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I have a ASUS F402CA-WX102H notebook.

  • I disabled UEFI Secure Boot, booted on USB and installed Debian Wheezy (double boot with Windows8 for now).
  • The installation process worked fine, but the laptop random crashed both on Linux and Windows after a couple of minutes or less.
  • So I reinitialized the BIOS (hence re-enabling the Secure Boot): I can start W8 and it works fine, but of course can't boot on Debian.
  • If I disable again Secure boot, the problem is back.


  • I wouldn't mind deleting all windows & partitions, if it could help...
  • I could run all the Debian installation process well (something like an hour), so it seems, it's not merely a problem of running another OS in disabled mode that triggers the problem.
  • I don't know if I have to or if it even makes sense to run to this complicated process described for Ubuntu like there:

Any help, any idea what could cause or what could disable these crashes?

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up vote 1 down vote accepted

First, try upgrading your firmware. What you describe reeks of a firmware bug, so an update might fix it.

If that fails, you can try adding Secure Boot support for Debian. I haven't followed Debian's Secure Boot policies very closely, but it's certainly possible to add Secure Boot support for any Linux distribution. I've written two Web pages on the subject:

  • My generic Secure Boot page describes enabling Secure Boot in general terms. You probably want to follow the "Using a Signed Boot Loader" section. Unless Debian is now signing its GRUB binaries and kernels and you can find the Debian public key file, using PreLoader is likely to be a bit easier than using shim.
  • My rEFInd Secure Boot page describes using Secure Boot with rEFInd specifically. If you're not using rEFInd, this page is less likely to be useful than the first one, but you might still pick up a thing or two, so it might be worth skimming.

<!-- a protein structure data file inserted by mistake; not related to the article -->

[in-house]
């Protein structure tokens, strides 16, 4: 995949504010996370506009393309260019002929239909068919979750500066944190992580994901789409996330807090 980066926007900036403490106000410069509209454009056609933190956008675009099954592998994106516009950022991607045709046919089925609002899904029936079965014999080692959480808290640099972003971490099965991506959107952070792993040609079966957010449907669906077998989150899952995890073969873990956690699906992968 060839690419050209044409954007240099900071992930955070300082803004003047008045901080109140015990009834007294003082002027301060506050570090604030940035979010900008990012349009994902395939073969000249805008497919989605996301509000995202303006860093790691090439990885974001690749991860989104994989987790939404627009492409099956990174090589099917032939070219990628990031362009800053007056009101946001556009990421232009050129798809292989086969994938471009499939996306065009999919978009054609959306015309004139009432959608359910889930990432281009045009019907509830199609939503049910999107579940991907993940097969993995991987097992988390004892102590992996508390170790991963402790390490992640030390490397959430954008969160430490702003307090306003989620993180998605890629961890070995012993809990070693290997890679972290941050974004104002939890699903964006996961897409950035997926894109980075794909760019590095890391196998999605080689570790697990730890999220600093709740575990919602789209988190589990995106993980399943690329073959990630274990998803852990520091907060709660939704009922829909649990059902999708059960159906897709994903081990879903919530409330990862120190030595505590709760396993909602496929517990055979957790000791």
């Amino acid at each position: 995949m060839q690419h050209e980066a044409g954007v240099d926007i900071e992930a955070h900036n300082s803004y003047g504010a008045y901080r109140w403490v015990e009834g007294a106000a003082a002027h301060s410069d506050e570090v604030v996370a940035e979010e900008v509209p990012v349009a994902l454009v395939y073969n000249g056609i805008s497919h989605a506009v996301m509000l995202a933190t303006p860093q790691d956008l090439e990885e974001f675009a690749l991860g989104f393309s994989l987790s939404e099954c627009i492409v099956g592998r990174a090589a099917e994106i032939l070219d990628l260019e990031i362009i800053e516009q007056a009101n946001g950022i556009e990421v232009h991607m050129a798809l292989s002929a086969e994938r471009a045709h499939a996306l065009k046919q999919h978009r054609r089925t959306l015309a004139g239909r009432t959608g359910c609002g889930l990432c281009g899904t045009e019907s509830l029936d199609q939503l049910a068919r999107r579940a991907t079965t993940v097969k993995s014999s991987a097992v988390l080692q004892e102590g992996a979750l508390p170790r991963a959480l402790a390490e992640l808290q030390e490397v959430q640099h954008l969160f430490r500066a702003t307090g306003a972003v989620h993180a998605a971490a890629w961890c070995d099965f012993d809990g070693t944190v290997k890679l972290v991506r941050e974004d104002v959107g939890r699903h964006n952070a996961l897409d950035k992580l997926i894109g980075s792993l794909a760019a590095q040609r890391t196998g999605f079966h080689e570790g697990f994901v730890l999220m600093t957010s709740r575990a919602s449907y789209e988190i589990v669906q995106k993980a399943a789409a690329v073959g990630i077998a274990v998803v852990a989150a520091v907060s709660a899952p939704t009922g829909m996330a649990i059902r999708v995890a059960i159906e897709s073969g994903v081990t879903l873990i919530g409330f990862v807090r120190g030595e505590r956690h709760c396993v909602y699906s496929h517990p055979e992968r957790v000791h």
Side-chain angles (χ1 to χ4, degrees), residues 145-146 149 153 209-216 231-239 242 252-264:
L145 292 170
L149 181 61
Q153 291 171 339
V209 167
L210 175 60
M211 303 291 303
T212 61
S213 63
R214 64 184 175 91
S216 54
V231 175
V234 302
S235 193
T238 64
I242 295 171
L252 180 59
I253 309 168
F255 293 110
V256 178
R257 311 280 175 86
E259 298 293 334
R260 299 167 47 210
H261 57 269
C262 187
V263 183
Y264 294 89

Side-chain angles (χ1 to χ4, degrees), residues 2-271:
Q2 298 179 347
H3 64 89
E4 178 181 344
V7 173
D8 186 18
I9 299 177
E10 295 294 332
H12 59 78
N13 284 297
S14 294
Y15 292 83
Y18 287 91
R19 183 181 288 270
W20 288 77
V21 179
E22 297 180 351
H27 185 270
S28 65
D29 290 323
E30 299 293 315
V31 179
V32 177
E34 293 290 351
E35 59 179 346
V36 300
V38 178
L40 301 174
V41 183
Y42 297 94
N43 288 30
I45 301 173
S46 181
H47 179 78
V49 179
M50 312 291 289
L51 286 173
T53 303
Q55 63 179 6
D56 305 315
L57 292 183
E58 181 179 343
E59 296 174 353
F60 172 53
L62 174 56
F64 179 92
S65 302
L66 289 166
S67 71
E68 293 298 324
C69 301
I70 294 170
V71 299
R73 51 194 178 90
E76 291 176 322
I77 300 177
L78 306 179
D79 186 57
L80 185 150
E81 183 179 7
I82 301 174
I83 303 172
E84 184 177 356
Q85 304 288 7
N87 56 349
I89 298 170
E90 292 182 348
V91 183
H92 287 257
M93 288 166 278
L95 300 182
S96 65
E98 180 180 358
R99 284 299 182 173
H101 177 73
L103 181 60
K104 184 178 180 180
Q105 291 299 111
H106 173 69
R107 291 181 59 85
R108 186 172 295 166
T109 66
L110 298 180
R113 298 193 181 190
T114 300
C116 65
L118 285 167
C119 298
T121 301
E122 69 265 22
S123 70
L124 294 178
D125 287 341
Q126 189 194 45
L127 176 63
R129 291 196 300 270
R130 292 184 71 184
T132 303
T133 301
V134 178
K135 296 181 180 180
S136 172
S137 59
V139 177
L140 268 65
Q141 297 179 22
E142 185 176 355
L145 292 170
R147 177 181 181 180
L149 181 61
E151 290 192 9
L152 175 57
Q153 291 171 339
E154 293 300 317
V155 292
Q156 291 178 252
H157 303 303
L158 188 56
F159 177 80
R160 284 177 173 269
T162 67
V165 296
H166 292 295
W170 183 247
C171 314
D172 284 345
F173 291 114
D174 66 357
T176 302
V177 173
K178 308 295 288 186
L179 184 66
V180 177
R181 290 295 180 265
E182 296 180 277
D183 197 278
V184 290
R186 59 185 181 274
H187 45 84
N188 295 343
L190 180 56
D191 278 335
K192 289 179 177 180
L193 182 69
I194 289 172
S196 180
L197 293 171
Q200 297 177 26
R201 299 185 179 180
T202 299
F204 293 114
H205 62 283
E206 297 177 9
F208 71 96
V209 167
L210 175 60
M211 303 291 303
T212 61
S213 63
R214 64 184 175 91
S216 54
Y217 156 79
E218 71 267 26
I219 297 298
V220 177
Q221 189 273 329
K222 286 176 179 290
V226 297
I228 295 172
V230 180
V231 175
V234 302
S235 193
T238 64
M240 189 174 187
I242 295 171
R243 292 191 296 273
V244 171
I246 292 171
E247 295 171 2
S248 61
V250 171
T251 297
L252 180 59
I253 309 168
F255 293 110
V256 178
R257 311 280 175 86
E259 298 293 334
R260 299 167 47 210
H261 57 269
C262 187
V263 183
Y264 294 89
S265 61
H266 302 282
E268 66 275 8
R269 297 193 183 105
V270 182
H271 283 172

One more thought occurs to me: It could be that something about GRUB 2, and not Secure Boot, is causing the prooblems. When you enable Secure Boot, the firmware bypasses GRUB 2 and boots Windows via its own boot loader; but when you disable Secure Boot, the computer boots through GRUB 2. You could test this hypothesis by disabling Secure Boot and using the firmware's own boot manager or a USB flash drive or CD-R version of rEFInd to boot Windows without involving GRUB. If the problems go away, then that's strong evidence that GRUB is doing something weird. If that's the case, you should install another EFI boot manager. See this set of pages for a description of what's available. That said, I've never heard of this type of problem before, so it seems like a long-shot. Still, it's easy enough to test, and so is worth investigating -- maybe before trying to add Secure Boot support for booting Linux.

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Thanks a lot for your answer. (Un)fortunately the answer is much easier, it was just an hardware defect, triggered mostly by a key stroke which I didn't used under windows and hence not recognized...maybe your post will help once the hardware defect recovered :) – e-Mile Nov 21 '13 at 10:34

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